Aid arrives in Tonga as airport reopen

The first flight carrying aid to Tonga was able to make it to the Pacific nation's main airport after the runway was cleared of volcanic ash. (AP)

Aircraft delivering critical humanitarian supplies from Australia and New Zealand have begun arriving in tsunami-devastated Tonga. The South Pacific island reconnected with the rest of the world following five-day isolation.

On Thursday, Australian Defence Minister Peter Dutton announced that a Royal Australian Air Force aircraft carrying humanitarian supplies and a sweeper to assist with removing ash from the airport runway had departed Brisbane, with another aircraft departing later that day.

New Zealand's Foreign Minister said that the country's air force also despatched a C-130 Hercules from Auckland to the Tongan capital of Nuku'alofa.

"The aircraft is carrying humanitarian aid and disaster relief supplies, including water containers, kits for temporary shelters, generators, hygiene and family kits, and communications equipment," Nanaia Mahuta said in a statement.

Supplies will be delivered contactless, and the aircraft will remain on the ground for up to 90 minutes before returning to New Zealand, she explained. Tonga is Covid-19-free and fears that humanitarian workers will transmit the virus.

Japan announced on Thursday that it would send aid to the region via the Japan International Cooperation Agency, including drinking water and equipment for removing volcanic ash.

Tonga on the verge of running out of drinking water

On Saturday, the explosion of the Hunga Tonga-Hunga Ha'apai volcano drove tsunami waves across the Pacific, severely damaging communities, resorts, and other structures in Tonga and knocking off communications for the nation of around 105,000 people.

Telephone services between Tonga and the rest of the world were restored late Wednesday. Still, full internet connectivity is expected to take at least a month, according to the archipelago's lone underwater communications cable owner.

Marian Kupu, a local journalist, said Tongans were clearing up all the dust following the volcanic eruption but were concerned about running out of drinking water.

"Each home has their own tanks of water supply but most of them are filled with dust so it's not safe for drinking," Kupu explained.

She said a few towns on Tonga's western coast were particularly hard impacted.

"I won't say we are expecting more deaths but as we are speaking the government is trying to fly to the other islands to check over them."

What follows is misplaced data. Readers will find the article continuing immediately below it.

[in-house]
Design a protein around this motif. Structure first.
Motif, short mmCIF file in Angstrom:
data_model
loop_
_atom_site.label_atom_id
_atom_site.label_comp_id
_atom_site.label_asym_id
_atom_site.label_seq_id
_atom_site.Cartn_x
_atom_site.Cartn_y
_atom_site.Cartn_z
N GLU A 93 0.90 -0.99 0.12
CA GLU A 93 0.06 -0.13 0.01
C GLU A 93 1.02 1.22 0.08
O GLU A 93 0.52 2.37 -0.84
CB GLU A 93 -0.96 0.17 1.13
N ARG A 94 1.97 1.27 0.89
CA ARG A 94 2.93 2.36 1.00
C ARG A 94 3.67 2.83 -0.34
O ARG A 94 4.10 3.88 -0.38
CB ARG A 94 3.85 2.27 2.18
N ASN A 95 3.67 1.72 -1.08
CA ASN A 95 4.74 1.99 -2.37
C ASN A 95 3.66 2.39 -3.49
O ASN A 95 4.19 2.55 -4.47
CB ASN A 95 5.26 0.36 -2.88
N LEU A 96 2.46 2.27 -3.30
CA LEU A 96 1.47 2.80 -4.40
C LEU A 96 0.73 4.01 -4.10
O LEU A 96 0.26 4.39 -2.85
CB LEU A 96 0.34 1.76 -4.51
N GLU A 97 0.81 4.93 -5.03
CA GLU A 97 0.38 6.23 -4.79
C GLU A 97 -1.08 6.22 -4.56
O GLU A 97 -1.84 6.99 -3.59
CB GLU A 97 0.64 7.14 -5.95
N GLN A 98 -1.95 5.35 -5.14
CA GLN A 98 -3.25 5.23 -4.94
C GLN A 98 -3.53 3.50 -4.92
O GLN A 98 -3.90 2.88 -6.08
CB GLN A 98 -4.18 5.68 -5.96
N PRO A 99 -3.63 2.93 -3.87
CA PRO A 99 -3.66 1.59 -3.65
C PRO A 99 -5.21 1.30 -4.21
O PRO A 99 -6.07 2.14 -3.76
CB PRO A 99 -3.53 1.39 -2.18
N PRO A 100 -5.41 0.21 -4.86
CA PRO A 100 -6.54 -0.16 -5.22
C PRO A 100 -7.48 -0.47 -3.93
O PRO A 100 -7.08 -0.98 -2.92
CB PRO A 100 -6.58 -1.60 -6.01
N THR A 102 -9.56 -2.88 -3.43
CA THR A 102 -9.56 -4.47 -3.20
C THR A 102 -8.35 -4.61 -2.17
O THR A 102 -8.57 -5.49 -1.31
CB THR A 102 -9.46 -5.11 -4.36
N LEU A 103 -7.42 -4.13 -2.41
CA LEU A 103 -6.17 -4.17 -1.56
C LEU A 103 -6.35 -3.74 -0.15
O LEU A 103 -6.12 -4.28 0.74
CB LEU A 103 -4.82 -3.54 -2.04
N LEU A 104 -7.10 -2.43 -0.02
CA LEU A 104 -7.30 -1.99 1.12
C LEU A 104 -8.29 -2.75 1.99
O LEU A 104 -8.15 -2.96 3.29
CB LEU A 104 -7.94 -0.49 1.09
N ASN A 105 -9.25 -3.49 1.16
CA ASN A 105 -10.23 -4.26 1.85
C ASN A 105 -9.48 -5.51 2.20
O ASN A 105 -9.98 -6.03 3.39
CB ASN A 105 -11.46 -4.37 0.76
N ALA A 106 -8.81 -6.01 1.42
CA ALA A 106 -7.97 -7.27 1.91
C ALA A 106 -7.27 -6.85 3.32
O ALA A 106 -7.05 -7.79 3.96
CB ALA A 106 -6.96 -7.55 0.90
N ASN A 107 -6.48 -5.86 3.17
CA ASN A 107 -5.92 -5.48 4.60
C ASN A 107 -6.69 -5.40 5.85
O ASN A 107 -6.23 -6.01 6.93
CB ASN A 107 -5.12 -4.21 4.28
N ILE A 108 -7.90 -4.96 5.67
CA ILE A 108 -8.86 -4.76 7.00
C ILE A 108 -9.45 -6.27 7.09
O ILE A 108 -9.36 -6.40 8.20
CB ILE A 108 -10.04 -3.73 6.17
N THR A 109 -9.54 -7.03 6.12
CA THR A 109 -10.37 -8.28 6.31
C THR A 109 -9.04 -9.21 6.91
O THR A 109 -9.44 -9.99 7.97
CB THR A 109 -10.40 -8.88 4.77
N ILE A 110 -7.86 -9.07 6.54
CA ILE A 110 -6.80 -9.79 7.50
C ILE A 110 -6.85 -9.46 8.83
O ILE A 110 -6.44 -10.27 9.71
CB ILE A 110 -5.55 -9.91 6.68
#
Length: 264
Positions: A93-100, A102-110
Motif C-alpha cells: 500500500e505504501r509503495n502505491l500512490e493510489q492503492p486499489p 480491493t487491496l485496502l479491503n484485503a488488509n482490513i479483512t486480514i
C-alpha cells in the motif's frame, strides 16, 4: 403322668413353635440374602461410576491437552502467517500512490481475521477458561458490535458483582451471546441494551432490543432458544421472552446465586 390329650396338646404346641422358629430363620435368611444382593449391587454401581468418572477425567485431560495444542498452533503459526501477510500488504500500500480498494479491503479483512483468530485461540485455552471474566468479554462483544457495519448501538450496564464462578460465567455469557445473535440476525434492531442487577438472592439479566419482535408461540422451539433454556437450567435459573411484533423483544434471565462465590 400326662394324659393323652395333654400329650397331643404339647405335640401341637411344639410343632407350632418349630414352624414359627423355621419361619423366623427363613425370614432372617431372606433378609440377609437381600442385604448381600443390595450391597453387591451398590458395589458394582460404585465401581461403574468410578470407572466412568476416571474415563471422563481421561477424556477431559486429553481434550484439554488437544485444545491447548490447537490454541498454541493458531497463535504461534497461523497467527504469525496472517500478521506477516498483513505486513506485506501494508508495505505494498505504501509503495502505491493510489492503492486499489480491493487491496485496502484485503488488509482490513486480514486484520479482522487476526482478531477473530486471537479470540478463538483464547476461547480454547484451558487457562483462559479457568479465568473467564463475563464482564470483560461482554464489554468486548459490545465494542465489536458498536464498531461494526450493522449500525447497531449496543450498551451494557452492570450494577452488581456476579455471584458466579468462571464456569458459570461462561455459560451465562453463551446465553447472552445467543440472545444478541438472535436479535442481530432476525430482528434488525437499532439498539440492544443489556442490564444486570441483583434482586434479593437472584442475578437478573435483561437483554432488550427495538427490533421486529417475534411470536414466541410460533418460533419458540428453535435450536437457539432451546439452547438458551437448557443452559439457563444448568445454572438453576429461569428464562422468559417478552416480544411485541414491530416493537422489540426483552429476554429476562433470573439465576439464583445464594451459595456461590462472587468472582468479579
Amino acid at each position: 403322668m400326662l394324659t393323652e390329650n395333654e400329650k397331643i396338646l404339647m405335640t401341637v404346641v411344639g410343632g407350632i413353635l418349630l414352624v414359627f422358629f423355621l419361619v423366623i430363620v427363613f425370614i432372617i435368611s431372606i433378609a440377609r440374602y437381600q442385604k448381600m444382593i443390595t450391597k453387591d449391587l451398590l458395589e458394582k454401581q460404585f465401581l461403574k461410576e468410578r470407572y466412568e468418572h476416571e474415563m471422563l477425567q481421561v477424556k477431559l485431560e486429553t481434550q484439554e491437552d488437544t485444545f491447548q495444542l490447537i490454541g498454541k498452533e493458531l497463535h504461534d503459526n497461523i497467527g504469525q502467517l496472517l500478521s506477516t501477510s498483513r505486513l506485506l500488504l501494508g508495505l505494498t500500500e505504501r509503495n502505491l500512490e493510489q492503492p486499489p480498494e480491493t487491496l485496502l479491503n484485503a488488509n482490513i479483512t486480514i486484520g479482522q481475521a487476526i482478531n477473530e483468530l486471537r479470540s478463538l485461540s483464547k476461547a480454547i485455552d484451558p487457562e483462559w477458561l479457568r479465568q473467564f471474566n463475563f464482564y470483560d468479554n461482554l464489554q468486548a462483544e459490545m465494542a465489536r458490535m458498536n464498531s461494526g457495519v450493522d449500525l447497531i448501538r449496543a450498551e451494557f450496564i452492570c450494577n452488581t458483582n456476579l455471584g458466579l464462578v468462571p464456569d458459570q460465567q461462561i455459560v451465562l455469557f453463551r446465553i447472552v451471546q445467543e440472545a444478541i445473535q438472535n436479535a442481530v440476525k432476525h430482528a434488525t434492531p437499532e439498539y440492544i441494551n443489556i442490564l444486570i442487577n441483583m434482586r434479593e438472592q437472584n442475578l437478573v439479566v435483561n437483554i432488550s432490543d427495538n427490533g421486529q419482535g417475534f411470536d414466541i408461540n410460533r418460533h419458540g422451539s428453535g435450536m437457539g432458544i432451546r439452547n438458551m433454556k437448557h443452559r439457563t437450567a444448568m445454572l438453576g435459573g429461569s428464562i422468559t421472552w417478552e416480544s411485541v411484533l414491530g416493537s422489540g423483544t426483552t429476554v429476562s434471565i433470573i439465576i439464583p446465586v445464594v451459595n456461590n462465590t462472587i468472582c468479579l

When asked if there were sufficient food supplies, she responded, "I can say maybe we can survive for the next few weeks but I'm not sure about water."

Meanwhile, Tongans living abroad hurriedly contacted family members to assure their safety.

"Today there's a sigh of relief as we are able to communicate with our loved ones back home," said John Pulu, a Tongan television and radio star living in Auckland.

"We are breathing and sleeping a little better," he explained.

Widespread consequences

According to the United Nations, the crisis has impacted around 84,000 people — more than 80 percent of the population.

"They have been affected through loss of houses, loss of communication, what we understand is the issue with the water," UN spokesperson Stephane Dujarric told reporters.

The most critical humanitarian requirements, he said, are safe drinking water, food, and non-food items.

"Water is, without a doubt, the most life-saving problem. Water sources have been contaminated, and water systems have been shut off."

Tonga, one of the few remaining coronavirus-free countries, decided to take two of New Zealand's ships delivering help and supplies, despite fears about importing a Covid-19 epidemic that would exacerbate the situation.

Tongans have a vaccination rate of up to 90% against the virus.

The ships, carrying 250,000 liters of water and other supplies, arrive on Friday.

Around 65 kilometers from the Tongan capital, the Hunga Tonga-Hunga Ha'apai volcano erupted, with a boom 2,300 kilometers away in New Zealand.

Waves up to 49 feet high struck the outlying Ha'apai island group, smashing all dwellings on Mango and wreaking havoc on Tonga's largest island, Tongatapu, where 56 homes were demolished or severely damaged, the prime minister's office reported.

Publish : 2022-01-20 11:12:00

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